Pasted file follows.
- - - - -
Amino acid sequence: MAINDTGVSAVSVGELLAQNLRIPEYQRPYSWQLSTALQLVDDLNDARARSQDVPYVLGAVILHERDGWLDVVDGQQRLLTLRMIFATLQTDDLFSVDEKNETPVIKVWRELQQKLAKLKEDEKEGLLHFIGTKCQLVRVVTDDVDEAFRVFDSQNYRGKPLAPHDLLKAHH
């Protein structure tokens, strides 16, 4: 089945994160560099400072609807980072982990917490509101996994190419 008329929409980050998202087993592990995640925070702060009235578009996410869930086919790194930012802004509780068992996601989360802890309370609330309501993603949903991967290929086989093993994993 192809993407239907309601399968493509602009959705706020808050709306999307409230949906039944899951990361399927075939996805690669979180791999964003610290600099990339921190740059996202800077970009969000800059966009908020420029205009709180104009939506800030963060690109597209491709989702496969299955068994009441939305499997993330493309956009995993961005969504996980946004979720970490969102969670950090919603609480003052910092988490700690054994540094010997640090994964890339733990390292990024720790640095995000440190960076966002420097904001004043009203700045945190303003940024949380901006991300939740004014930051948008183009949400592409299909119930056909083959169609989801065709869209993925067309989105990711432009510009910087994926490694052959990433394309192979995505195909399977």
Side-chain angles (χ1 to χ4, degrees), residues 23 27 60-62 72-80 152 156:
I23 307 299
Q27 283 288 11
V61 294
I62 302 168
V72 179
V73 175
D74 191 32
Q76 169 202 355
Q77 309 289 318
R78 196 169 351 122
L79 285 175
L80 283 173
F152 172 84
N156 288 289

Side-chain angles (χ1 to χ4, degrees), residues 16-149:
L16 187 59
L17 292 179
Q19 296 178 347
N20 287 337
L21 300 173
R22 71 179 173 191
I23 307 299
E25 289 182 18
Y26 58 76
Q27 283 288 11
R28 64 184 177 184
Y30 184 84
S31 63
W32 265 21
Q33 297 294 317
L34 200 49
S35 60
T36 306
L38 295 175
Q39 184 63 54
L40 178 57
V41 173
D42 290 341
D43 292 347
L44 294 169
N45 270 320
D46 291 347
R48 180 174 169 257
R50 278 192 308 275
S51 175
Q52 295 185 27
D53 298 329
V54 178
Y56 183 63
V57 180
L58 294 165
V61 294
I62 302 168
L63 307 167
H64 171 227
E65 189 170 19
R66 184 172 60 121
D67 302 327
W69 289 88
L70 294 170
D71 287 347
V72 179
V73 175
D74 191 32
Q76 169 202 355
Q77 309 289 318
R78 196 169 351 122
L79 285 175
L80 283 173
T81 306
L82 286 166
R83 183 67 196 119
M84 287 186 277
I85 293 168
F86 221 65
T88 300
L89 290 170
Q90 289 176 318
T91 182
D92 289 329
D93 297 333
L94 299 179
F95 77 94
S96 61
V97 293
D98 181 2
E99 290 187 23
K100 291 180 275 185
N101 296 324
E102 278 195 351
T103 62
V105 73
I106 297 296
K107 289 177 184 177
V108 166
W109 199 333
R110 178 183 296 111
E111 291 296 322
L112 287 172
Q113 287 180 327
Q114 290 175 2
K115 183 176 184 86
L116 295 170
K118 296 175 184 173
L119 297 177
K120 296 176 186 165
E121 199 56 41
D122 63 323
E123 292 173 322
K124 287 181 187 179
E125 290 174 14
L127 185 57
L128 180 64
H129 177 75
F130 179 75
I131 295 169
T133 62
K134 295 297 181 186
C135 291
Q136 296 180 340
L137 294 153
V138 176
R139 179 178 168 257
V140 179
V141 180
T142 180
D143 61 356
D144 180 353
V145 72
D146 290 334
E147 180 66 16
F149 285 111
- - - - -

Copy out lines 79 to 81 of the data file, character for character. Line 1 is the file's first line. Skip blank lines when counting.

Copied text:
T88 300
L89 290 170
Q90 289 176 318